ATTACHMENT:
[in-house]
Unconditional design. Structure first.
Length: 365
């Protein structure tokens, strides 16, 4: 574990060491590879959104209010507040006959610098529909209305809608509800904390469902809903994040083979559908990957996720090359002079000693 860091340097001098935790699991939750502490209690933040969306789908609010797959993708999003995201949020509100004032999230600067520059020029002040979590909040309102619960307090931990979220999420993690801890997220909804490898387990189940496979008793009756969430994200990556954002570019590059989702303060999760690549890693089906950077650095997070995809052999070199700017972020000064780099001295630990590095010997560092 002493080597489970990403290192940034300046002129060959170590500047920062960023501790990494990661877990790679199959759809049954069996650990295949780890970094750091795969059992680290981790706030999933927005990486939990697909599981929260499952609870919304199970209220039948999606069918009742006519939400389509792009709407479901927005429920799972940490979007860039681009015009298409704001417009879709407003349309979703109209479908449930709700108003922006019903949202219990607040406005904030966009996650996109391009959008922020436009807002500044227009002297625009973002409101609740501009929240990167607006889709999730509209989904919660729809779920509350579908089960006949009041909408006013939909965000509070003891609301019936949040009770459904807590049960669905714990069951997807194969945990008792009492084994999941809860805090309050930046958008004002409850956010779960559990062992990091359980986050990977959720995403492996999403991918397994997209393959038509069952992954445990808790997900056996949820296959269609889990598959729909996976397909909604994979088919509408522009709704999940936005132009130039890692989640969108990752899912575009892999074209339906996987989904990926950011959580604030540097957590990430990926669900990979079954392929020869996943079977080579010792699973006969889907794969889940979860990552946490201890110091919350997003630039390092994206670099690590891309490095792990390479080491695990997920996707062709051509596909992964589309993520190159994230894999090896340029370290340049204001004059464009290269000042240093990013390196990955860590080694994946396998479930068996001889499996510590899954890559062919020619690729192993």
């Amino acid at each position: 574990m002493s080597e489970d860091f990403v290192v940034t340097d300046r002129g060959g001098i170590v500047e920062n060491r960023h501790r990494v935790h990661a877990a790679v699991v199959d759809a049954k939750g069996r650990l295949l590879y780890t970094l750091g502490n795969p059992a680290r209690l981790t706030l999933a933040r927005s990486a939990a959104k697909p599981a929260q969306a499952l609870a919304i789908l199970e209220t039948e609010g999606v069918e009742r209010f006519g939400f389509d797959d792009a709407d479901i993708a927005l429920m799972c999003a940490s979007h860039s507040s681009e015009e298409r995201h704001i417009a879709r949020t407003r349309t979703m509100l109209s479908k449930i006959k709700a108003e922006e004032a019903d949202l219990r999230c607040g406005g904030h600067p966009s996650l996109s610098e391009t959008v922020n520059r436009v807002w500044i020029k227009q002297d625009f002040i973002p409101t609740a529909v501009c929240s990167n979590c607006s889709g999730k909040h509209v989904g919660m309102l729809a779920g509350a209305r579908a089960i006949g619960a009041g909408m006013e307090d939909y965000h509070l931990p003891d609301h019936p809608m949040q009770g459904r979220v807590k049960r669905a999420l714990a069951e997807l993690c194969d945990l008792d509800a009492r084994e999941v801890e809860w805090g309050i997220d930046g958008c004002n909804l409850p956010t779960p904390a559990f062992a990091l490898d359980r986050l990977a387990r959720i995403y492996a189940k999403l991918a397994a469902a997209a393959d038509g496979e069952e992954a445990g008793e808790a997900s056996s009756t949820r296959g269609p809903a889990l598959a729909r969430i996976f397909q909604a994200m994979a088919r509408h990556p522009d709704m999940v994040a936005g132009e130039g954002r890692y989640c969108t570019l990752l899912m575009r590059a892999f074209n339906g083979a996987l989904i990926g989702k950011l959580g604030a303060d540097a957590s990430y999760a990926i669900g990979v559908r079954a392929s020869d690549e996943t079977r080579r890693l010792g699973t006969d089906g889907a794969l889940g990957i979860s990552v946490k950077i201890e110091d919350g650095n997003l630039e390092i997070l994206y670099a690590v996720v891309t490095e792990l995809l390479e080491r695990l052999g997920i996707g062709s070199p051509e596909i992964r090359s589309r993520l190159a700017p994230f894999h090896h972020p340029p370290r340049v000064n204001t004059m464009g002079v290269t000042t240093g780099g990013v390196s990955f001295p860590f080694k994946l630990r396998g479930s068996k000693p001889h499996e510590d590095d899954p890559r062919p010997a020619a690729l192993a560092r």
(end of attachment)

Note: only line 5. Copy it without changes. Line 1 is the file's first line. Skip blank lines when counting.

């Amino acid at each position: 574990m002493s080597e489970d860091f990403v290192v940034t340097d300046r002129g060959g001098i170590v500047e920062n060491r960023h501790r990494v935790h990661a877990a790679v699991v199959d759809a049954k939750g069996r650990l295949l590879y780890t970094l750091g502490n795969p059992a680290r209690l981790t706030l999933a933040r927005s990486a939990a959104k697909p599981a929260q969306a499952l609870a919304i789908l199970e209220t039948e609010g999606v069918e009742r209010f006519g939400f389509d797959d792009a709407d479901i993708a927005l429920m799972c999003a940490s979007h860039s507040s681009e015009e298409r995201h704001i417009a879709r949020t407003r349309t979703m509100l109209s479908k449930i006959k709700a108003e922006e004032a019903d949202l219990r999230c607040g406005g904030h600067p966009s996650l996109s610098e391009t959008v922020n520059r436009v807002w500044i020029k227009q002297d625009f002040i973002p409101t609740a529909v501009c929240s990167n979590c607006s889709g999730k909040h509209v989904g919660m309102l729809a779920g509350a209305r579908a089960i006949g619960a009041g909408m006013e307090d939909y965000h509070l931990p003891d609301h019936p809608m949040q009770g459904r979220v807590k049960r669905a999420l714990a069951e997807l993690c194969d945990l008792d509800a009492r084994e999941v801890e809860w805090g309050i997220d930046g958008c004002n909804l409850p956010t779960p904390a559990f062992a990091l490898d359980r986050l990977a387990r959720i995403y492996a189940k999403l991918a397994a469902a997209a393959d038509g496979e069952e992954a445990g008793e808790a997900s056996s009756t949820r296959g269609p809903a889990l598959a729909r969430i996976f397909q909604a994200m994979a088919r509408h990556p522009d709704m999940v994040a936005g132009e130039g954002r890692y989640c969108t570019l990752l899912m575009r590059a892999f074209n339906g083979a996987l989904i990926g989702k950011l959580g604030a303060d540097a957590s990430y999760a990926i669900g990979v559908r079954a392929s020869d690549e996943t079977r080579r890693l010792g699973t006969d089906g889907a794969l889940g990957i979860s990552v946490k950077i201890e110091d919350g650095n997003l630039e390092i997070l994206y670099a690590v996720v891309t490095e792990l995809l390479e080491r695990l052999g997920i996707g062709s070199p051509e596909i992964r090359s589309r993520l190159a700017p994230f894999h090896h972020p340029p370290r340049v000064n204001t004059m464009g002079v290269t000042t240093g780099g990013v390196s990955f001295p860590f080694k994946l630990r396998g479930s068996k000693p001889h499996e510590d590095d899954p890559r062919p010997a020619a690729l192993a560092r």